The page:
Not only does it make your company look ineffective and unattentive (bad qualities in an accountant!). It can also hurt your accountant website quite badly from a search engine perspective.

Google takes the link profile of your website into account when deciding how to rank your pages in your audience’s search results. So make sure you check and clean up your links regularly.


#6 Bad/no images

A picture of a piggy bank with money being dripped into it.

An image of a woman or man stretching their arms out into a distant sunset, standing in a field.

Intimidating pictures of financial graphs and paperwork on a desk.

The financial services industry is full of creative cliches like this, and your website visitors can quickly identify them and get put off. Certainly, having some images – even bad ones – is better than nothing at all. But an accountant website full of lazy stock imagery dilutes the quality of your brand.

If you look cheap to prospects, you will likely attract cheap prospects.

Make sure you invest in an original, bespoke visual identity which stands the test of time and integrates with your accountant website. Your sales team will thank you for it.


#7 Popups

We’ve all been annoyed when we’ve visited a website to find out some information, only to be greeted by intrusive popups which obscure what we wanted to look at.

Don’t do this on your accountant website. There can be an appropriate time and place to use popups, but you need to be careful – split testing variations of your page to see whether it works or not.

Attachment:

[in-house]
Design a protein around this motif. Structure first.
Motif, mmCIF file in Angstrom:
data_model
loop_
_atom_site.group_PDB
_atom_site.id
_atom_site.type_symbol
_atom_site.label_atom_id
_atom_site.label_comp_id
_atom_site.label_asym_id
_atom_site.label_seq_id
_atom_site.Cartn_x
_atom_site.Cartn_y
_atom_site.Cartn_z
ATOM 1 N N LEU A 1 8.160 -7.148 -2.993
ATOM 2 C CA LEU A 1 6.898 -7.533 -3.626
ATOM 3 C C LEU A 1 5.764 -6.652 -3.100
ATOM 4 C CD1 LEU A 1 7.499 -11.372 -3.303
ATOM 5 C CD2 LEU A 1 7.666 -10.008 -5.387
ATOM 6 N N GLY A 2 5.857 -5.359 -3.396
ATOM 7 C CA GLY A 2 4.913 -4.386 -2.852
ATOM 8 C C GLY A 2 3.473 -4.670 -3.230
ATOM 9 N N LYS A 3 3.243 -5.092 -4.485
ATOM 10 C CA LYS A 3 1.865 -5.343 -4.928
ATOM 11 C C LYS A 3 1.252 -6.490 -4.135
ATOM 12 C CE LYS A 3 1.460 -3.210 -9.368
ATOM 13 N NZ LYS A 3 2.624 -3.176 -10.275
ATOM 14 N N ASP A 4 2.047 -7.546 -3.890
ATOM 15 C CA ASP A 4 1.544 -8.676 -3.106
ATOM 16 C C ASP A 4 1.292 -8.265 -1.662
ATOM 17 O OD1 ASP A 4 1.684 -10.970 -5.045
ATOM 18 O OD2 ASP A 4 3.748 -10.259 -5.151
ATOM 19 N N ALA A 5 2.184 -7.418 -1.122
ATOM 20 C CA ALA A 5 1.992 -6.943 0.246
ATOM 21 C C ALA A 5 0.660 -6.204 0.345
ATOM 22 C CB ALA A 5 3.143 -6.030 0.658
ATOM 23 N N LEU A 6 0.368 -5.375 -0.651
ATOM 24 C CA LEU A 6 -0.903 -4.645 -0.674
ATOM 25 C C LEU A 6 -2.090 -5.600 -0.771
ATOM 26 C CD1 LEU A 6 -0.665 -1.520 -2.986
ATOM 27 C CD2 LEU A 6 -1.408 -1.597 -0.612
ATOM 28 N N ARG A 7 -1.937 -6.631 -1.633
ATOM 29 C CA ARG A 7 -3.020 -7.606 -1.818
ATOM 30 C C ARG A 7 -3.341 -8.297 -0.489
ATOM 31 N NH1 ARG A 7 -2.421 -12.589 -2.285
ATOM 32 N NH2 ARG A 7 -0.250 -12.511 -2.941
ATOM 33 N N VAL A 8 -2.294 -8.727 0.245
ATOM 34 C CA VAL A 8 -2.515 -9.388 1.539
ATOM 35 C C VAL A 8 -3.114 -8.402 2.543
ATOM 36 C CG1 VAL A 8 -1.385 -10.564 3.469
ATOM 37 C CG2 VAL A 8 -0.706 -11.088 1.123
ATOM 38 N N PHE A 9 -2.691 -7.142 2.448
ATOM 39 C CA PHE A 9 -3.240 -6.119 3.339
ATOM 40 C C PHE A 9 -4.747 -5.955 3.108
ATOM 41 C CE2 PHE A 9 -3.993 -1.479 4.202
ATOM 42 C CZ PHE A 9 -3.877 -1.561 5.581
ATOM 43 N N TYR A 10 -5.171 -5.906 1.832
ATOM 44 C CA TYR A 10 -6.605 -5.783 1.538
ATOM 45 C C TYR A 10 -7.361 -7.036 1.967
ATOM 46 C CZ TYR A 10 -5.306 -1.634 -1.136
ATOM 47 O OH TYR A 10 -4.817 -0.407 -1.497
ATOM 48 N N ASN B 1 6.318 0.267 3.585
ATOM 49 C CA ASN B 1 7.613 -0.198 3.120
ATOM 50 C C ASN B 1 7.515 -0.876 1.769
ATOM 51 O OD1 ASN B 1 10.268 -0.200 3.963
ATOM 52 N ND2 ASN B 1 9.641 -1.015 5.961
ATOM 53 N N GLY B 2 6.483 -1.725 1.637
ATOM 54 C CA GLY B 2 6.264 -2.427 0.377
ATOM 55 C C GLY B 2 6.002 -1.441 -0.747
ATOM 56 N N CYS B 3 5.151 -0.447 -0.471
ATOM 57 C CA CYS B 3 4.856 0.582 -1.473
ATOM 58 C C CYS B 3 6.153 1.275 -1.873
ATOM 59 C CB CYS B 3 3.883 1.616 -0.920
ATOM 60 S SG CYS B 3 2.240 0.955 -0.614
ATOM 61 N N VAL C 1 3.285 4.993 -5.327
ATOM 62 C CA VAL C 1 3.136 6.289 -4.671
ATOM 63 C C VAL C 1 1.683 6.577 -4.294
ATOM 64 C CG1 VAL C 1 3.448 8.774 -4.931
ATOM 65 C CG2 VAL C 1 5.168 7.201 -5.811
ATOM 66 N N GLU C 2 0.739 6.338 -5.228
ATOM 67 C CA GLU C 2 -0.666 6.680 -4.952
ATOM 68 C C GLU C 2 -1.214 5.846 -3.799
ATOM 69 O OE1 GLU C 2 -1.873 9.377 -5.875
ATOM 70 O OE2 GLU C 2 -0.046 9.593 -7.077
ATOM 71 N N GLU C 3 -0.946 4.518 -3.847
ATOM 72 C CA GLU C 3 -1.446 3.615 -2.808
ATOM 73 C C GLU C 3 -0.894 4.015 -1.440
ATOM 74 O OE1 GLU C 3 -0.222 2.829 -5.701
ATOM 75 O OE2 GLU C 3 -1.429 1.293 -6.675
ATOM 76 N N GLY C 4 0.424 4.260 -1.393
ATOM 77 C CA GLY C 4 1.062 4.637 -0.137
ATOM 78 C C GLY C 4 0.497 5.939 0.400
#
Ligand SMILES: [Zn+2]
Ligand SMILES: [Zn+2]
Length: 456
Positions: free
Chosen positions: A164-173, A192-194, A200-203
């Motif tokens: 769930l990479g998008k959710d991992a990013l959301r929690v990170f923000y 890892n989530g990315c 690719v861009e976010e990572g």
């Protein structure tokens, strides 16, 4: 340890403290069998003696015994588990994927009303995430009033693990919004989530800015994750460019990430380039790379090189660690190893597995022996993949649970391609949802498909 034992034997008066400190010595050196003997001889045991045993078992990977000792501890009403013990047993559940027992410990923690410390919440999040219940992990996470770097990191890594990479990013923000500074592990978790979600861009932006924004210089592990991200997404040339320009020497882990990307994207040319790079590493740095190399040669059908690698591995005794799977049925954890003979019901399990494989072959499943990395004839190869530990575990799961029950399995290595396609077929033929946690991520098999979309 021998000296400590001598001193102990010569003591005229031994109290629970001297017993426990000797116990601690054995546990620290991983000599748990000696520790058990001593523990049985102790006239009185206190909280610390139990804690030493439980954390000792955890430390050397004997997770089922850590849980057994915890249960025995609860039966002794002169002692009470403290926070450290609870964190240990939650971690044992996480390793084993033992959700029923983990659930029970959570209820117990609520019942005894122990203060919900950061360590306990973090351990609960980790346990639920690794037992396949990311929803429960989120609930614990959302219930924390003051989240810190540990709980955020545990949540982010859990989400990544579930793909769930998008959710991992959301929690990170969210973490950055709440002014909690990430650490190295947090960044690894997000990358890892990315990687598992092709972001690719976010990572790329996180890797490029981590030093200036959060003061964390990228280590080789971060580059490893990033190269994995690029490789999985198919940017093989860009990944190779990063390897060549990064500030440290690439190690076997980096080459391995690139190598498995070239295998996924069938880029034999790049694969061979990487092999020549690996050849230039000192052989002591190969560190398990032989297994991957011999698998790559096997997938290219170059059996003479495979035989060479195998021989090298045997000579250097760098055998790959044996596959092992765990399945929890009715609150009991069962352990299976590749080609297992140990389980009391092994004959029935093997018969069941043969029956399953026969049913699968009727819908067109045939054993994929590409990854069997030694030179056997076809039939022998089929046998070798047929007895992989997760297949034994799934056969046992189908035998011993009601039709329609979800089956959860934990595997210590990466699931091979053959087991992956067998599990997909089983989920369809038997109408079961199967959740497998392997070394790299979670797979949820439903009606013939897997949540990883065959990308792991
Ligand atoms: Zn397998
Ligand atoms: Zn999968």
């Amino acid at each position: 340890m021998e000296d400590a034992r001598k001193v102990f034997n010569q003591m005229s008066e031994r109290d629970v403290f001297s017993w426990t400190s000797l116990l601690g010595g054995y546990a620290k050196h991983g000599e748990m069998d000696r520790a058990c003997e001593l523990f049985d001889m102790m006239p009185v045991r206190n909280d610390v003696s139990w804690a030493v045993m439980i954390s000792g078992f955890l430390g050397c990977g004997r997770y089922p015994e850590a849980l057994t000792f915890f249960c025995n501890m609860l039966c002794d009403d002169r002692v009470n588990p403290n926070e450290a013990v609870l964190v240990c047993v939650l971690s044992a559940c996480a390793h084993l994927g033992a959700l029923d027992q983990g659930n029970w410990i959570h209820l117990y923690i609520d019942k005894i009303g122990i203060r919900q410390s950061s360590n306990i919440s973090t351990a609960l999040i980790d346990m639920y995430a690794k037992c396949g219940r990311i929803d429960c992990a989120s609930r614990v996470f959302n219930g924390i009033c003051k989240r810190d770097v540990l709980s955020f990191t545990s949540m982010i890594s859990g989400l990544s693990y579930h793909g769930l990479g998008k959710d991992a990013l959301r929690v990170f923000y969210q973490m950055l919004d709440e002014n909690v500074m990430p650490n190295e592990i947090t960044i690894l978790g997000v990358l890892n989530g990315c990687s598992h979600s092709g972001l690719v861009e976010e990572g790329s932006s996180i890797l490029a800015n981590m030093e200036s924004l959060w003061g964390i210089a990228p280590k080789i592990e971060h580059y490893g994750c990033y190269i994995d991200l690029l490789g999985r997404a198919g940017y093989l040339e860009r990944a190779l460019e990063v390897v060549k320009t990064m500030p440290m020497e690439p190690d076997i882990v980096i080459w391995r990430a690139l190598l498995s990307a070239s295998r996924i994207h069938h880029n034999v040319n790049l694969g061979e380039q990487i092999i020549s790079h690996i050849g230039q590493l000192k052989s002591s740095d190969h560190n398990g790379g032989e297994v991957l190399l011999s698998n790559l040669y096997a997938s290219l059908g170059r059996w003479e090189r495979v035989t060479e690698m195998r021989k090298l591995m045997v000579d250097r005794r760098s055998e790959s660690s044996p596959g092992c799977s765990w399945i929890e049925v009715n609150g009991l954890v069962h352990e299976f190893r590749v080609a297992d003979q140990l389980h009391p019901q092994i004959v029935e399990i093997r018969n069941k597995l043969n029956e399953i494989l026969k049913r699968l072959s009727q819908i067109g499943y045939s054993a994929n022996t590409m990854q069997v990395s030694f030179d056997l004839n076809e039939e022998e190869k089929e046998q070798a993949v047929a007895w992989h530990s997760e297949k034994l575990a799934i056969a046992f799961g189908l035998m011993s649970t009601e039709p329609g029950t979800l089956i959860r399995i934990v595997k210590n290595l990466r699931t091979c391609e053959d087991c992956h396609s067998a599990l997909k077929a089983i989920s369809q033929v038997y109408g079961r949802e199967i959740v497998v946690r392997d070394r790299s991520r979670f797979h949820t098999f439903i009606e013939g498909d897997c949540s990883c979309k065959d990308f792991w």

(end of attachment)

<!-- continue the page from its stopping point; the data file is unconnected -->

#8 Missing information

An accountant website with missing contact details or legal information looks very suspect.

At the very least you should include your office address and phone number on your contact page, and generally, it’s a good idea to have this in your footer as well.

Your company registration number and other regulatory information also add a lot of value. These details make your business look established and trustworthy. Don’t neglect them.


#9 Jargon

If your web pages are full of complicated language which only people in your industry would easily understand, then you’re missing the point of your accountant website.

A website primarily exists to instill relationship and trust in existing clients, and to help nurture potential clients towards a sale.

Including impenetratble language on your web pages is not going to help with any of this. It will not impress people or engage them. It will just put them off.

Don’t dumb yourself down, but make your language accessible and even emotive to your readers. Engage their heads and their hearts.


#10 No/poor content

Many accountants do not see the value of a blog or resourcs section to their website. Yet regular, high-quality content is crucial for a number of reasons.

First of all, it helps inspire trust in your target audience. By providing valuable though leadership to them, you encourage them towards a sale by willingly helping them solve their problems.

Secondly, original and relevant content is a crucial pillar in any accoutant’s search engine optimisation (SEO) strategy. Along with backlinks and user experience, content is one of the primary things Google looks at when deciding how to rank your web pages in their search engine results.